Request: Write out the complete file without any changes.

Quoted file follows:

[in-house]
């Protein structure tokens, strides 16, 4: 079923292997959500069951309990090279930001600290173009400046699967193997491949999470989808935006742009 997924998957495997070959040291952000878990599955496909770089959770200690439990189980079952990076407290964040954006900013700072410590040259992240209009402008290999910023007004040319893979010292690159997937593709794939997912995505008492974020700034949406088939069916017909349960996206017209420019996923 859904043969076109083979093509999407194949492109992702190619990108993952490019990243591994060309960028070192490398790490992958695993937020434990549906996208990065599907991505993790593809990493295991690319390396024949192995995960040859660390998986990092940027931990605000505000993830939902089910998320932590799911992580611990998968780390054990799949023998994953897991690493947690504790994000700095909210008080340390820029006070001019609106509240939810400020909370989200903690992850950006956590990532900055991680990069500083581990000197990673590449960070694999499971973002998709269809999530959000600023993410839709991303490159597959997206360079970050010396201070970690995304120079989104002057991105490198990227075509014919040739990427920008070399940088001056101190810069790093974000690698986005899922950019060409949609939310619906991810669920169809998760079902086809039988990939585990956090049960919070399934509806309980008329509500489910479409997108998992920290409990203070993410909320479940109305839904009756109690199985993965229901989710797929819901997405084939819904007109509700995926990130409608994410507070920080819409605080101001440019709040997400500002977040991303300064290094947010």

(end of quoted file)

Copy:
[in-house]
């Protein structure tokens, strides 16, 4: 079923292997959500069951309990090279930001600290173009400046699967193997491949999470989808935006742009 997924998957495997070959040291952000878990599955496909770089959770200690439990189980079952990076407290964040954006900013700072410590040259992240209009402008290999910023007004040319893979010292690159997937593709794939997912995505008492974020700034949406088939069916017909349960996206017209420019996923 859904043969076109083979093509999407194949492109992702190619990108993952490019990243591994060309960028070192490398790490992958695993937020434990549906996208990065599907991505993790593809990493295991690319390396024949192995995960040859660390998986990092940027931990605000505000993830939902089910998320932590799911992580611990998968780390054990799949023998994953897991690493947690504790994000700095909210008080340390820029006070001019609106509240939810400020909370989200903690992850950006956590990532900055991680990069500083581990000197990673590449960070694999499971973002998709269809999530959000600023993410839709991303490159597959997206360079970050010396201070970690995304120079989104002057991105490198990227075509014919040739990427920008070399940088001056101190810069790093974000690698986005899922950019060409949609939310619906991810669920169809998760079902086809039988990939585990956090049960919070399934509806309980008329509500489910479409997108998992920290409990203070993410909320479940109305839904009756109690199985993965229901989710797929819901997405084939819904007109509700995926990130409608994410507070920080819409605080101001440019709040997400500002977040991303300064290094947010």